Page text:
Share This Page

Cleaner, Healthier Transit Systems

Op-ed: COVID-19 should spark sustainable planning

The COVID-19 pandemic has forced people to rethink how they travel – an opening for cities like Chicago to remake themselves into healthier, more competitive living spaces.

Ed Miller, co-director of The Joyce Foundation’s Environment program, discusses the grave threats that COVID-19 poses to the nation’s public transit systems and how cities should begin thinking beyond them in an op-ed column published as part of Crain’s Forum.

Ridership has plummeted, along with revenues, for the Chicago Transit Authority and the Metra regional commuter network. When offices re-open, more commuters are likely to jump back in their cars, jamming streets and raising emissions.

In his column, found here, Miller prescribes four clear priorities as cities re-imagine and redesign new landscapes that can emerge from the crisis:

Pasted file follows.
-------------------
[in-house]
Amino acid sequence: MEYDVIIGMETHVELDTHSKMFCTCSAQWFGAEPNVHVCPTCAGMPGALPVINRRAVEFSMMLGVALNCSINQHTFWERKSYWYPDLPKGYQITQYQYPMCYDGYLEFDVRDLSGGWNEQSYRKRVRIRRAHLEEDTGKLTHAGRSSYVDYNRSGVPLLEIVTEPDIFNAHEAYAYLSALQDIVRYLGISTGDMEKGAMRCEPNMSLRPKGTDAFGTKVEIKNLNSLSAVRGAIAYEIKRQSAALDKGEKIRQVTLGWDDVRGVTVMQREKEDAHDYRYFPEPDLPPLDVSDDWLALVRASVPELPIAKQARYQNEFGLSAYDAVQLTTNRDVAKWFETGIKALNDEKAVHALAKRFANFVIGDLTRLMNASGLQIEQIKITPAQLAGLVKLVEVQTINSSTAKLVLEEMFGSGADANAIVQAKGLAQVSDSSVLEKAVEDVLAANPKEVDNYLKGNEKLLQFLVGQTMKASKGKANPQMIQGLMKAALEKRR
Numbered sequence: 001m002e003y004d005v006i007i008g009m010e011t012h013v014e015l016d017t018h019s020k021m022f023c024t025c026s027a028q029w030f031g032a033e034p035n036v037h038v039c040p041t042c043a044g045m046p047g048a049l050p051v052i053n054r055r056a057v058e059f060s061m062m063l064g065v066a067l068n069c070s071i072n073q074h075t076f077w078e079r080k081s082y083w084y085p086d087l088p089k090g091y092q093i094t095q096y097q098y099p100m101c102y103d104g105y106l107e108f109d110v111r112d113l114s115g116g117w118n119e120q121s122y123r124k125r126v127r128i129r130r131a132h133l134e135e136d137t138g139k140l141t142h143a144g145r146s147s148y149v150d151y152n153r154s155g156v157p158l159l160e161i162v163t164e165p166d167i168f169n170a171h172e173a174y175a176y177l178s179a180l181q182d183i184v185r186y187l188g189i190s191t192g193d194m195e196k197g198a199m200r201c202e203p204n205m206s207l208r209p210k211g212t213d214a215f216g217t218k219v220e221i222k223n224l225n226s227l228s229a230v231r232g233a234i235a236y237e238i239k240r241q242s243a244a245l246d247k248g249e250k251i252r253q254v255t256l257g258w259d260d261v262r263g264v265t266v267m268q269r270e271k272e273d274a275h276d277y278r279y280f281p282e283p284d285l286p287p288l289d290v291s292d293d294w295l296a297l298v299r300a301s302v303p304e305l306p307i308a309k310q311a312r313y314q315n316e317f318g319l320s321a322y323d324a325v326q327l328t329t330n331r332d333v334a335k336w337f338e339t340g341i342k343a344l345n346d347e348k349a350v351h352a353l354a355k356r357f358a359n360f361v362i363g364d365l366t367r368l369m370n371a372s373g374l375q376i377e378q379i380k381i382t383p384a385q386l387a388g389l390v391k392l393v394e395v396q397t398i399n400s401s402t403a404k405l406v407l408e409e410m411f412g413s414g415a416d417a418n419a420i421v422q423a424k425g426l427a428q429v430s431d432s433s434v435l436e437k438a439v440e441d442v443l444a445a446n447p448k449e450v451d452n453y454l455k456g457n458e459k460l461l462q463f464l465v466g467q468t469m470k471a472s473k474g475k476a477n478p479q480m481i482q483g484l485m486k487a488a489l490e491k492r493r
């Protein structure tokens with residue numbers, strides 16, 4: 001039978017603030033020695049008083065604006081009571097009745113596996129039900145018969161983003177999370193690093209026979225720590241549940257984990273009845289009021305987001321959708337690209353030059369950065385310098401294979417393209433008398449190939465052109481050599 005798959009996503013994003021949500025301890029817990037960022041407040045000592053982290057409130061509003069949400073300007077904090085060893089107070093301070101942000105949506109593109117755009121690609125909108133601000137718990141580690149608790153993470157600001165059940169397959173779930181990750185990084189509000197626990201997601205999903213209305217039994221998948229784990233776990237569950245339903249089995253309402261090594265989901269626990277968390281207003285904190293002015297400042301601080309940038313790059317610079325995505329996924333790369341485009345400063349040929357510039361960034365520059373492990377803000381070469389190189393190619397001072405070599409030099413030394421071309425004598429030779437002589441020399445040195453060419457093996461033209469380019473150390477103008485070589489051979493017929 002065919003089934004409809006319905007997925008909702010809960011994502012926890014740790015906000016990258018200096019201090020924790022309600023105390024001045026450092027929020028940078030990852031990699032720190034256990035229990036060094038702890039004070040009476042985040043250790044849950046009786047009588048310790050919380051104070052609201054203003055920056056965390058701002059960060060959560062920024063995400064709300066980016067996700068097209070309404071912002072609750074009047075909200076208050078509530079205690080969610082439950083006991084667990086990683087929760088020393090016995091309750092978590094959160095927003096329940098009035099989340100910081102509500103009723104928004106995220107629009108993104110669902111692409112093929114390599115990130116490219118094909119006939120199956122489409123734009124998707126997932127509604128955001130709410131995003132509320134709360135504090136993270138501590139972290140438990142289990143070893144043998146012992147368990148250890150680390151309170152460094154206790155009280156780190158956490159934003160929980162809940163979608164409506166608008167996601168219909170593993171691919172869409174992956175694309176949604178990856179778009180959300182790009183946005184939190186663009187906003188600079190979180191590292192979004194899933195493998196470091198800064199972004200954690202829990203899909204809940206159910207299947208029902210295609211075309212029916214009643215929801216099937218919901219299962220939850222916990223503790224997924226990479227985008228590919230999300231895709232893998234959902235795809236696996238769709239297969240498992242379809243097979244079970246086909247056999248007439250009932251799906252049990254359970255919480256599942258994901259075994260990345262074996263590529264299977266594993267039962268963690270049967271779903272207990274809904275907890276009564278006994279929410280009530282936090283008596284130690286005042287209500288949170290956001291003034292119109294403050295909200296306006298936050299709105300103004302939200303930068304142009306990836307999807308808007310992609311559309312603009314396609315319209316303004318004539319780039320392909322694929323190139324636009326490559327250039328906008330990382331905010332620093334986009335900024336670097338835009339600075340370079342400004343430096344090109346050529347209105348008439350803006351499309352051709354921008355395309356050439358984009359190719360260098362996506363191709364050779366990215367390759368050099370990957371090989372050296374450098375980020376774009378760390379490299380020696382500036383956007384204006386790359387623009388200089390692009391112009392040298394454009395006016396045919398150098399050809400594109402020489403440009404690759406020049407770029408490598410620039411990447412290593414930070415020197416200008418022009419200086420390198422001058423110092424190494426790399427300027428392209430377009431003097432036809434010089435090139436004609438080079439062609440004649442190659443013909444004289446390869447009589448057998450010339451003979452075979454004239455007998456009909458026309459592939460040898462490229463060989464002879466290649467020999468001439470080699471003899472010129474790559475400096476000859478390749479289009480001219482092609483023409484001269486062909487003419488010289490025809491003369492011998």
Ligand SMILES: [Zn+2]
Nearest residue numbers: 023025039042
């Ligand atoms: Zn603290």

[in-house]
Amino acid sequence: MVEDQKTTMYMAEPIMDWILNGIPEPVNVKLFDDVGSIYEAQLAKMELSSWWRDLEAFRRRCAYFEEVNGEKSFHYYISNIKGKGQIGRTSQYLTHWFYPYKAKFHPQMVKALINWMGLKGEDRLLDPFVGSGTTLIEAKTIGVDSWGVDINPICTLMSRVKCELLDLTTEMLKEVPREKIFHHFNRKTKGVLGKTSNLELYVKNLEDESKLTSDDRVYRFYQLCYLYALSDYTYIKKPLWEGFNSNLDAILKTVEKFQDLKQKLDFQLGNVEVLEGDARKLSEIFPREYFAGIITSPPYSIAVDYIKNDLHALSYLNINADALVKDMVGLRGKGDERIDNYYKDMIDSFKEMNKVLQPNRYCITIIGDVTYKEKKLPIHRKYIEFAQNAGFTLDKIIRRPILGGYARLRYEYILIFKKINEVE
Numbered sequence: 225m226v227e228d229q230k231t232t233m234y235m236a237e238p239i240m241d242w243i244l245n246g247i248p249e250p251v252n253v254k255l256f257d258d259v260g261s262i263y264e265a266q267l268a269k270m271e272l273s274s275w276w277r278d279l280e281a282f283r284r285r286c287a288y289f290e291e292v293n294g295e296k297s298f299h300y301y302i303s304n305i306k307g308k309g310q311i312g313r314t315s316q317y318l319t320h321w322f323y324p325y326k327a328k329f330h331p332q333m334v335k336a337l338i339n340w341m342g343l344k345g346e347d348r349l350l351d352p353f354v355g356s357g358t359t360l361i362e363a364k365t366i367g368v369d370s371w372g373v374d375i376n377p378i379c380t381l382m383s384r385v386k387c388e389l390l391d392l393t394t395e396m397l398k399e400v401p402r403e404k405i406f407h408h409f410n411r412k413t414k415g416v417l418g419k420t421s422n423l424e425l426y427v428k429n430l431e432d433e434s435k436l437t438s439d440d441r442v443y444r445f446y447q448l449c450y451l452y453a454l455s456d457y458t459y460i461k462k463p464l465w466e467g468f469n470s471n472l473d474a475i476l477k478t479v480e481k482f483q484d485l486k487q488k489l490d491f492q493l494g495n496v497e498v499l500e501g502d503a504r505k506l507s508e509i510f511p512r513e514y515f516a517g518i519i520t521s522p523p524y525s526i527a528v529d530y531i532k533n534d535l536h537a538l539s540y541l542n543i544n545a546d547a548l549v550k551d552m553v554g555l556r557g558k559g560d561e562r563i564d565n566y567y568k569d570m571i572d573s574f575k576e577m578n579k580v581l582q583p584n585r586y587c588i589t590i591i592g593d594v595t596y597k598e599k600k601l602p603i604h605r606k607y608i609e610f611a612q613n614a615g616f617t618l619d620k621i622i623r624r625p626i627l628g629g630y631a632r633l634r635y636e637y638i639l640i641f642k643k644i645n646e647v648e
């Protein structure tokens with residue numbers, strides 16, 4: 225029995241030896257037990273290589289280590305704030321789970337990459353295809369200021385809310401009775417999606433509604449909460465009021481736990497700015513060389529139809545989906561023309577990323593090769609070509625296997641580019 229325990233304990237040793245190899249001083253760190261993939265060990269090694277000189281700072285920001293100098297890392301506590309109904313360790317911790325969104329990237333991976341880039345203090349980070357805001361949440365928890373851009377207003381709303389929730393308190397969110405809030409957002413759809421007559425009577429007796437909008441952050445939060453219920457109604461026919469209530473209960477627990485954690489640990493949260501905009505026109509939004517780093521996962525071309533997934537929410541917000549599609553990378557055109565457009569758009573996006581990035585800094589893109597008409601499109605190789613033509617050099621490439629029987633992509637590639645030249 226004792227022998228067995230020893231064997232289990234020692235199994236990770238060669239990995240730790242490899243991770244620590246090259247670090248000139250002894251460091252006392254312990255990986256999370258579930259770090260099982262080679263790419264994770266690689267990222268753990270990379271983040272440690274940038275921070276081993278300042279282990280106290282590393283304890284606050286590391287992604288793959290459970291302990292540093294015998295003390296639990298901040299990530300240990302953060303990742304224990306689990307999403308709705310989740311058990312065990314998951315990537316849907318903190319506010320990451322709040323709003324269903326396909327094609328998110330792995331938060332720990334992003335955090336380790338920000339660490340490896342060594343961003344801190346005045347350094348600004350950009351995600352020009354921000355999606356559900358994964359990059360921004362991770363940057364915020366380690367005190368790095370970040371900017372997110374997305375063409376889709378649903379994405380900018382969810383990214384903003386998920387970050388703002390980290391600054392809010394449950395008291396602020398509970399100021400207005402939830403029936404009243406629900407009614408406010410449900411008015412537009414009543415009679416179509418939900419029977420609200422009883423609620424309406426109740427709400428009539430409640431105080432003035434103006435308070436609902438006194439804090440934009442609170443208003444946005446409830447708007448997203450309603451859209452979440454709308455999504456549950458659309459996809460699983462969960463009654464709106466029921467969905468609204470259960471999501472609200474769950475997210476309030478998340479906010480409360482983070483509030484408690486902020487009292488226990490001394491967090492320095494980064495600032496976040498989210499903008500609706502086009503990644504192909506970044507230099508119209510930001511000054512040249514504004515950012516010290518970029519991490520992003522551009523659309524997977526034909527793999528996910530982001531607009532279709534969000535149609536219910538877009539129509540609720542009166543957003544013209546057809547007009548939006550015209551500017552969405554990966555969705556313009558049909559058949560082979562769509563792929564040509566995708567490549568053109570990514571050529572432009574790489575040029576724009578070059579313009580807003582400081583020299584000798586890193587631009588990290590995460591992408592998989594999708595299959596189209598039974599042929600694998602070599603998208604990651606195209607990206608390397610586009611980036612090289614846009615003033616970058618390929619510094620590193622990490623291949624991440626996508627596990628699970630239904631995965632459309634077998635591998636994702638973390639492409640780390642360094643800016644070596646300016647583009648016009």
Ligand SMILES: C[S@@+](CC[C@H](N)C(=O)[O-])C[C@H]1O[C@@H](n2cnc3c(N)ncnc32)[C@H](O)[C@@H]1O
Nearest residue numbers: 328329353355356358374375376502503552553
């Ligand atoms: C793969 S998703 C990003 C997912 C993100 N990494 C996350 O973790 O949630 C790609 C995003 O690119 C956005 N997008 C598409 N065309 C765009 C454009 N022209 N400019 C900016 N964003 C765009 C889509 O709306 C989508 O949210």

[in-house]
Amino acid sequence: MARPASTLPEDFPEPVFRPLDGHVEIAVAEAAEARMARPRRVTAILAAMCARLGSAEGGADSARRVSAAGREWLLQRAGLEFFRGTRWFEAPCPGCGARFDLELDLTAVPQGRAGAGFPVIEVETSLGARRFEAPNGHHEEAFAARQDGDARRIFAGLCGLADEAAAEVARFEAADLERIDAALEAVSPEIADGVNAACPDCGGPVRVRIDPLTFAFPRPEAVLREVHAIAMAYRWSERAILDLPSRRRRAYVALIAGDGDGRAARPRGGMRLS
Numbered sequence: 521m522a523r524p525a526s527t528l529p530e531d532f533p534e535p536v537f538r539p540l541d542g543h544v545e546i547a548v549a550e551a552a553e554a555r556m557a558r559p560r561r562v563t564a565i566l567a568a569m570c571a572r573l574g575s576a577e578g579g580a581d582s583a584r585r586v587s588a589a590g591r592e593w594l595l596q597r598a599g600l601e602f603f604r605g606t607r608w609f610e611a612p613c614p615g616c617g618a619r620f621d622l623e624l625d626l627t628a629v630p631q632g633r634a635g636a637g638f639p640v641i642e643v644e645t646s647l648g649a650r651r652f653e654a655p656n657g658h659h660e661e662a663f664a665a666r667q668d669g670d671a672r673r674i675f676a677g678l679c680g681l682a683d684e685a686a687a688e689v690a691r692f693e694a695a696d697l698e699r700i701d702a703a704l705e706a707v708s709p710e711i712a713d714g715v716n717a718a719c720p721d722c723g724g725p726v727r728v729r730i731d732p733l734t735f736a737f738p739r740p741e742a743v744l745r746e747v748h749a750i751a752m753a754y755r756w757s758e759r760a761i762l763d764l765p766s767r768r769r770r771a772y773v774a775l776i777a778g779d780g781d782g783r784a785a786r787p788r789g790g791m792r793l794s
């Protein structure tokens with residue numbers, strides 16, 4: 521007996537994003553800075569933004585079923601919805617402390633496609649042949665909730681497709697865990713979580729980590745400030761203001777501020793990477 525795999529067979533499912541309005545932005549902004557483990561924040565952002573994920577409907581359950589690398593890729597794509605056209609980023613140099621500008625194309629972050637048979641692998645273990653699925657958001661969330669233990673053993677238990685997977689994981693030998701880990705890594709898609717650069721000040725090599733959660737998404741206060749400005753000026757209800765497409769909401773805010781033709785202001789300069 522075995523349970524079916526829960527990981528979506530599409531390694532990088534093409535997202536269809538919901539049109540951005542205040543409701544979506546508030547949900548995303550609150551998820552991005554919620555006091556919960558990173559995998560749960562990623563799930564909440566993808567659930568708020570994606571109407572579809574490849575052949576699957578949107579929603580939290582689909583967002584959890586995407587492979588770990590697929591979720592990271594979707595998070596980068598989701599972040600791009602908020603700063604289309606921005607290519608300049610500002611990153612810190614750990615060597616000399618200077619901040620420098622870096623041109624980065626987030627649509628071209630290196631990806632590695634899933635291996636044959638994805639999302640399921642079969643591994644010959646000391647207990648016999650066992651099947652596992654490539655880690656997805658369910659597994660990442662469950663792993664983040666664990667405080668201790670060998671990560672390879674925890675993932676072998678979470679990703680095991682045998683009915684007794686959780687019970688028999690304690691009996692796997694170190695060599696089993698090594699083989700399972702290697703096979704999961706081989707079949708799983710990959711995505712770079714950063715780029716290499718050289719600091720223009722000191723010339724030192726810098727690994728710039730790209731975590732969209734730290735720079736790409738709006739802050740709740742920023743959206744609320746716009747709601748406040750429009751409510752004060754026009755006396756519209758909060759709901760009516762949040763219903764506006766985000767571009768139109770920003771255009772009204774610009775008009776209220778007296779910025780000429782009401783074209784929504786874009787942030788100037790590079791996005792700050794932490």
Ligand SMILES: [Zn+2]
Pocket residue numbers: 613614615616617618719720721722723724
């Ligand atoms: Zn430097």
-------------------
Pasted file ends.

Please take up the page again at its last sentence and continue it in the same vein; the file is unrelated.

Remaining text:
• Upgrade transit systems that we all depend on, including with new and expanded tracks and stations and touchless entry and exit systems
  • Transform systems and habits toward zero emissions, including the introduction of electric buses
  • Level health and economic disparities by prioritizing new transit systems, jobs and training in underinvested parts of the city
  • Save money in the long run through lower operating costs and new technologies like battery storage

To make our city healthier and easier to navigate, Miller writes, the planning should start now.

The Joyce Foundation supports research and policymaking behind solutions to climate change, the biggest intergenerational threat to our communities and our planet. That includes clean-energy strategies designed to remedy economic and equity issues facing the next generation in the Great Lakes region.

Miller manages the Foundation’s grants to advance climate solutions, prioritizing policies that simultaneously drive reductions in carbon pollution and create other economic and social benefits.

The Joyce Foundation is a sponsor of Crain’s Forum, a monthly examination of the most difficult issues facing Chicago and its region.